General Health

General health issues, Medical conditions, Research and studies and more

Mental Health

Natural Medicine

Nutritional supplements, Herbs, Alternative medicine and more…

Wellness & Lifestyle

Nutrition, Diets, Healthy living, Detox, Exercise and Physical Fitness, Sports Fitness and more…

Women’s Health

Relationships, Pregnancy, Birth control, Menopause and more

Home » Information

Food, glorious food: Stanford’s first food summit

Article / Review by on February 18, 2011 – 11:35 pmNo Comments

Food, glorious food: Stanford’s first food summit

” In preparing for my latest 1:2:1 podcast with health researcher Christopher Gardner, PhD, about Stanford’s first-ever food summit, I wondered: When did food become summitable? Weren’t summits grand, official events hosted by global leaders on geopolitics? Food. Isn’t food just sustenance?

Christopher Gardner, PhD. Associate Professor, Department of Medicine, Stanford University Well, it turns out, the Stanford Summit was tremendously successful. (More than 350 Stanford scholars attended from across the University’s seven schools.) Gardner will be hosting another food conclave in the fall to advance the discussion from the first session and to explore ways in which Stanford scholars can assist the local community on food issues.

And now Gardner has helped me connect the dots in an interesting conversation about why we should all be thinking about food outside the, er, lunch box.

Think about it: Food is far more than fuel for our bodies. It’s a global conundrum pitting the haves against the have-nots. Global food prices are grossly inflated right now. Food trucked or flown hundreds or thousands of miles for the wealthy consumer is bad for the environment. Methane gases from huge industrialized animal farms further harm the atmosphere. The slow food movement is growing not only here in California but across the nation. Food and Society is now a course taught here at Stanford.

Food is political. Food has arrived. Time for lunch. “

Author: Paul Costello
Chief Communications Officer
Stanford School of Medicine – Communications & Public Affairs

 

###

Christopher Gardner, PhD. Associate Professor, Department of Medicine, Stanford UniversityChristopher Gardner, PhD. Bio.
Christopher Gardner
Academic Appointments
Associate Professor (Research), Medicine – Stanford Prevention Research
Member, Cancer Center

> Positions
1997-1999 Research Associate, Department of Medicine, Stanford University
1999-2001 Assistant Professor, Dept of Epidemiology and Prevention, UC Davis
2001-2007 Assistant Professor, Department of Medicine, Stanford University
2007-present Associate Professor, Department of Medicine, Stanford University

> Administrative Appointments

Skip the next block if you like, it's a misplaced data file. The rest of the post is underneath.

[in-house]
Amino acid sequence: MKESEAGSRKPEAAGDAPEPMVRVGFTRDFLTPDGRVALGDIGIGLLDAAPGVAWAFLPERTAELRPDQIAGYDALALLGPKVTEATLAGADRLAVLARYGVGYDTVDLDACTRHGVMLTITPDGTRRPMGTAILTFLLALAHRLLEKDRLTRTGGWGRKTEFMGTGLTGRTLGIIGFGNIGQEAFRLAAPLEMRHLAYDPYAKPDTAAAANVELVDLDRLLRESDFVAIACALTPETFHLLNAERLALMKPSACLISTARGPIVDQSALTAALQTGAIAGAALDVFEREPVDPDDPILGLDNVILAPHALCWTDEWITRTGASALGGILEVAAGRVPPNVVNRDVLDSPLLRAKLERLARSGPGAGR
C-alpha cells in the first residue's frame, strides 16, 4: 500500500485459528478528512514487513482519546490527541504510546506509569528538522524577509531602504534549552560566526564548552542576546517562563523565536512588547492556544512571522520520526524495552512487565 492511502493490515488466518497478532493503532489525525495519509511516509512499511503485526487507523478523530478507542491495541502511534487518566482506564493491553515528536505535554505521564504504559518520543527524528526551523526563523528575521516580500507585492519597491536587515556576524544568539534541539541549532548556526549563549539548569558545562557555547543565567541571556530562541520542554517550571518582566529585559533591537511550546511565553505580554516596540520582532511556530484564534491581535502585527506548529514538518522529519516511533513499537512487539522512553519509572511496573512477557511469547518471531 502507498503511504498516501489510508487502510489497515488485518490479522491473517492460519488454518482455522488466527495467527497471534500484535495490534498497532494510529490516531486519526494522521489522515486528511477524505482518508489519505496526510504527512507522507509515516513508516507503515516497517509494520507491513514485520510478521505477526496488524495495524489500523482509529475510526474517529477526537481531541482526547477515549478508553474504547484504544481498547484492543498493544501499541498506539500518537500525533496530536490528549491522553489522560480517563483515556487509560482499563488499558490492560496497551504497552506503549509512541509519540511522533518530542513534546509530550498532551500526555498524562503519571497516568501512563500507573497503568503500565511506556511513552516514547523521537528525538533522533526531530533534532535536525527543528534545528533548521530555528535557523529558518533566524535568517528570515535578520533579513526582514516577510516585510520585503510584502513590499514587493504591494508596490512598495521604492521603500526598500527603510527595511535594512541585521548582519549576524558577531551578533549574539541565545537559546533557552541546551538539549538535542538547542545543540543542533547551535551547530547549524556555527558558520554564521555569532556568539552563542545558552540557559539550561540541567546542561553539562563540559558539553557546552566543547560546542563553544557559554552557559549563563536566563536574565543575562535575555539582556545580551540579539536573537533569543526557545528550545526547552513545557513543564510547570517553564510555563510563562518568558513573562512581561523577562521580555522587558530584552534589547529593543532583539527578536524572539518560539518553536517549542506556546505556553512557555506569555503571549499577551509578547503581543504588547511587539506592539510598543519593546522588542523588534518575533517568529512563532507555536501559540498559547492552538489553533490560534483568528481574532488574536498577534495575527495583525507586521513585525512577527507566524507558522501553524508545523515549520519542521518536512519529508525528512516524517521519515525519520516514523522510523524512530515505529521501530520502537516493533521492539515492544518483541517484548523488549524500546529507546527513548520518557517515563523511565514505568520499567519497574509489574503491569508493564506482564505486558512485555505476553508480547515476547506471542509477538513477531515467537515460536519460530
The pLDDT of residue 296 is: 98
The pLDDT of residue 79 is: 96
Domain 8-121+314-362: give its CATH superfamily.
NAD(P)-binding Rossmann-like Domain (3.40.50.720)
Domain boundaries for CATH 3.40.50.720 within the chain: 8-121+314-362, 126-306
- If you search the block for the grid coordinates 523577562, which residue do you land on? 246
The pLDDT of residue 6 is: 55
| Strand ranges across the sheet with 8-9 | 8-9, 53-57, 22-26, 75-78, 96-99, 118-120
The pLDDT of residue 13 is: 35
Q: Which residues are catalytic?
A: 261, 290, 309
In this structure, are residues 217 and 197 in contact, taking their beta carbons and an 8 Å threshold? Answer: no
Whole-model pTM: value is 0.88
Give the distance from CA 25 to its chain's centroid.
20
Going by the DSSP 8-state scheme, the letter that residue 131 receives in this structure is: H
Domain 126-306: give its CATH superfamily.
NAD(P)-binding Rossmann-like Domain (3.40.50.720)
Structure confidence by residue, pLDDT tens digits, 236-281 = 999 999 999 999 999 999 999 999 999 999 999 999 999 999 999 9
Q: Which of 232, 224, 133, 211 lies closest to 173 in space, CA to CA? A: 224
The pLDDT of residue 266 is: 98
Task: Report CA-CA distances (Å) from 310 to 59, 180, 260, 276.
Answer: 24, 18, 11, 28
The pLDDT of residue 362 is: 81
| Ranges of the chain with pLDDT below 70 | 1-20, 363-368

Education Committee, The Obesity Society (2009 – 2011)
Nutrition Committee, American Heart Association (2009 – 2011)

> Honors/Awards/Fellowships
1988 University of California Regents Fellowship
1989 Outstanding Teaching Assistant, Department of Nutritional Sciences
1994 AHA Fellow, 20th U.S. 10-day Seminar on Epidemiology & Prevention of CVD
1995-1997 American Heart Association Postdoctoral Training Grant Recipient
2003 Distinguished Honorary Award, San Jose State University Department of Nutrition
2005 Outstanding Teacher, SPRC, Department of Medicine

> Education/ Training 
Colgate University, Hamilton, NY B.A. 1977-1981 Philosophy
University of California, Berkeley Ph.D. 1989-1993 Nutrition Science
Stanford University, California Post. Doc. 1993-1997 CVD Epidemiology

> Current Research Interests
The role of nutrition and preventive medicine, with particular interests in: plant-based diets and phytochemicals; cardiovascular disease and cancer prevention; weight loss diets; clinical trials and epidemiology.

> Clinical Trials
Effects of Glutathione (an antioxidant) and N-Acetylcysteine on Inflammation
Adding Sleep Intervention to Traditional Diet and Exercise Approach to Weight Loss
Effect of Fish Oil on Plasma Triglycerides in Adults
Effects of Dietary Antioxidants on Cardiovascular Risk Factors
Effects of Omega-3 Fatty Acids on Markers of Inflammation
Effects of Raw vs. Other Milk Sources on Lactose Digestion

*  The above story is adapted from materials provided by Stanford University School of Medicine 

________________________________________________________________

Stanford school of Medicine logo

 

Tags: , , , , , , , , ,

Leave a comment!

Add your comment below, or trackback from your own site. You can also subscribe to these comments via RSS.

Be nice. Keep it clean. Stay on topic. No spam.

You can use these tags:
<a href="" title=""> <abbr title=""> <acronym title=""> <b> <blockquote cite=""> <cite> <code> <del datetime=""> <em> <i> <q cite=""> <strike> <strong>

Notify me of followup comments via e-mail. You can also subscribe without commenting.